brucekluger.com

    Time Out New York, January 25, 2007

    Neighbors
    The case against doormen
    Why one man refuses the ultimate nosy neighbor.

    By Bruce Kluger


    I live in the only building on my block that doesn’t have a
    doorman. My friends shame me for this.

    “Are you kidding—no doorman?” says my next-door
    neighbor Paul, his voice dripping with Upper West Siderly
    pity. “What happens when you get a package?”

    My doorman brings up my groceries for me!” brags Helen from around the corner.
    “And he’s cute.”

    “Mine is so friendly,” adds Denise (two doors down). “He’s like a member of the
    family.”

    Which begs the question: Does one really want a family member who wears a
    maroon cadet’s hat?

    At the risk of sounding like I’m stuffed with sour grapes, I am genuinely contented to
    live life in a building that is unguarded, unpatrolled and unwatched. In fact, I prefer
    it. In a city in which crammed subway cars force you to swap DNA with the recently
    paroled; in which most office jobs require clench-jawed camaraderie with geeks who
    reek of double-lattés; and in which Fresh Direct darkens doorways more often than
    relatives, why would I want another uninvited stranger in my life

    For starters, doormen are like on-site parents. They know how often you order in
    Chinese; when you come and go (and God help you if you’re a female on a 7 AM
    walk of shame); and, in the case of those who actually enter your apartment, how
    clean you keep your placeNot cool.

    Then there’s the mandatory chitchat. When I come home after a long day, the last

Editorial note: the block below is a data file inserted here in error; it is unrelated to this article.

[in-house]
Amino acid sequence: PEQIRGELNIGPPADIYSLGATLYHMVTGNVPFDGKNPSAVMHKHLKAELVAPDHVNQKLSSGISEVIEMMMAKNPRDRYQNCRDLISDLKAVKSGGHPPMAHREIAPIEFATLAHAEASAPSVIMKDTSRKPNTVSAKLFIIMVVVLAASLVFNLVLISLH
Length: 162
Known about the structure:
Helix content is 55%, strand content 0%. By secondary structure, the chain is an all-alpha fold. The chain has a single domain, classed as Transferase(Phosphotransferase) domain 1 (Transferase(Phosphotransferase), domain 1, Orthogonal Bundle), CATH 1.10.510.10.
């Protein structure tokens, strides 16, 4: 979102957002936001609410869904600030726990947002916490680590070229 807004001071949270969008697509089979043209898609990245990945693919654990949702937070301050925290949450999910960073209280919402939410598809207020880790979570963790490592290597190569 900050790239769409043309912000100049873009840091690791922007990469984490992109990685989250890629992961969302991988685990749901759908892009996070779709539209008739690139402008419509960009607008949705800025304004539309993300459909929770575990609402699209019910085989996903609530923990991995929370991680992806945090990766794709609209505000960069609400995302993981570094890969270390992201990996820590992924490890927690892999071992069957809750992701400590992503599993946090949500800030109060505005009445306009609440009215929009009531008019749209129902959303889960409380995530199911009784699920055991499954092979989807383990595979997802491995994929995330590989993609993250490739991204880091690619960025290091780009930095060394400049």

thing I want is an update on what balmy weather we’re having, or an unsolicited
    analysis of Steinbrenner’s latest blunder. That’s what cable is for.

    But it’s the holiday tipping that really gets me. Because most door staff work
    rotating shifts, the minimum outlay for gift giving is four envelopes, each holding fifty
    bucks. Are they serious? For 200 clams I can buy a Dudley Do-Right costume on
    eBay, slip it on and open my own damn door, thank you very much.

    Look, I understand the perks, but having surveyed my block, I just haven’t met a
    sidewalk sentry who gives me door-boy envy. Not wacky José (and his folding chair)
    across the street; not buttoned-up Reginald a few buildings down; not even slacker
    Sean next door (one more “Yo, dude!” and he gets his iPod up his ass).

    Then again, I would enjoy the company of a doorwoman. In my fantasy, she’d be
    petite and sexy, look like Sandra Bullock and always offer to carry things for me.
    Maybe she’d even buzz me during her breaks, and come up for a midday martini.

    And, let’s be honest, who doesn’t dig a chick in uniform?